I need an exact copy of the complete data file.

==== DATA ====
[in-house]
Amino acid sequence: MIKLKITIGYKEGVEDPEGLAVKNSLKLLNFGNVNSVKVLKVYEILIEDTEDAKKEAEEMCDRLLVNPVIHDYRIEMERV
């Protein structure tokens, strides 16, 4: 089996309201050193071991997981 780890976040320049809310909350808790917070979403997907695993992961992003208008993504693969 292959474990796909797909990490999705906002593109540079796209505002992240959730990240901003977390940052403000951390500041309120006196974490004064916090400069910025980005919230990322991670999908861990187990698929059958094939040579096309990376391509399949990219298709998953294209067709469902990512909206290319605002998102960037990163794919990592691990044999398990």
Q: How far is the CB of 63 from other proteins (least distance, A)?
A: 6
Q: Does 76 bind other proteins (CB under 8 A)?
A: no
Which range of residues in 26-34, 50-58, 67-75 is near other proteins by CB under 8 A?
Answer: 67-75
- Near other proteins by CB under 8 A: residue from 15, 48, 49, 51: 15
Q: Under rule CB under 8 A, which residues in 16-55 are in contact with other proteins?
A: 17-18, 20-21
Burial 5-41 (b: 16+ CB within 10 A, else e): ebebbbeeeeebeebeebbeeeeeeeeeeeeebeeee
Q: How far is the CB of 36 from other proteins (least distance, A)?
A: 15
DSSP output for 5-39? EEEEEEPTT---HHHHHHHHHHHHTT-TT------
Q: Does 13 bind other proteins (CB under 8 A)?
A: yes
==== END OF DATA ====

[in-house]
Amino acid sequence: MIKLKITIGYKEGVEDPEGLAVKNSLKLLNFGNVNSVKVLKVYEILIEDTEDAKKEAEEMCDRLLVNPVIHDYRIEMERV
């Protein structure tokens, strides 16, 4: 089996309201050193071991997981 780890976040320049809310909350808790917070979403997907695993992961992003208008993504693969 292959474990796909797909990490999705906002593109540079796209505002992240959730990240901003977390940052403000951390500041309120006196974490004064916090400069910025980005919230990322991670999908861990187990698929059958094939040579096309990376391509399949990219298709998953294209067709469902990512909206290319605002998102960037990163794919990592691990044999398990």
Q: How far is the CB of 63 from other proteins (least distance, A)?
A: 6
Q: Does 76 bind other proteins (CB under 8 A)?
A: no
Which range of residues in 26-34, 50-58, 67-75 is near other proteins by CB under 8 A?
Answer: 67-75
- Near other proteins by CB under 8 A: residue from 15, 48, 49, 51: 15
Q: Under rule CB under 8 A, which residues in 16-55 are in contact with other proteins?
A: 17-18, 20-21
Burial 5-41 (b: 16+ CB within 10 A, else e): ebebbbeeeeebeebeebbeeeeeeeeeeeeebeeee
Q: How far is the CB of 36 from other proteins (least distance, A)?
A: 15
DSSP output for 5-39? EEEEEEPTT---HHHHHHHHHHHHTT-TT------
Q: Does 13 bind other proteins (CB under 8 A)?
A: yes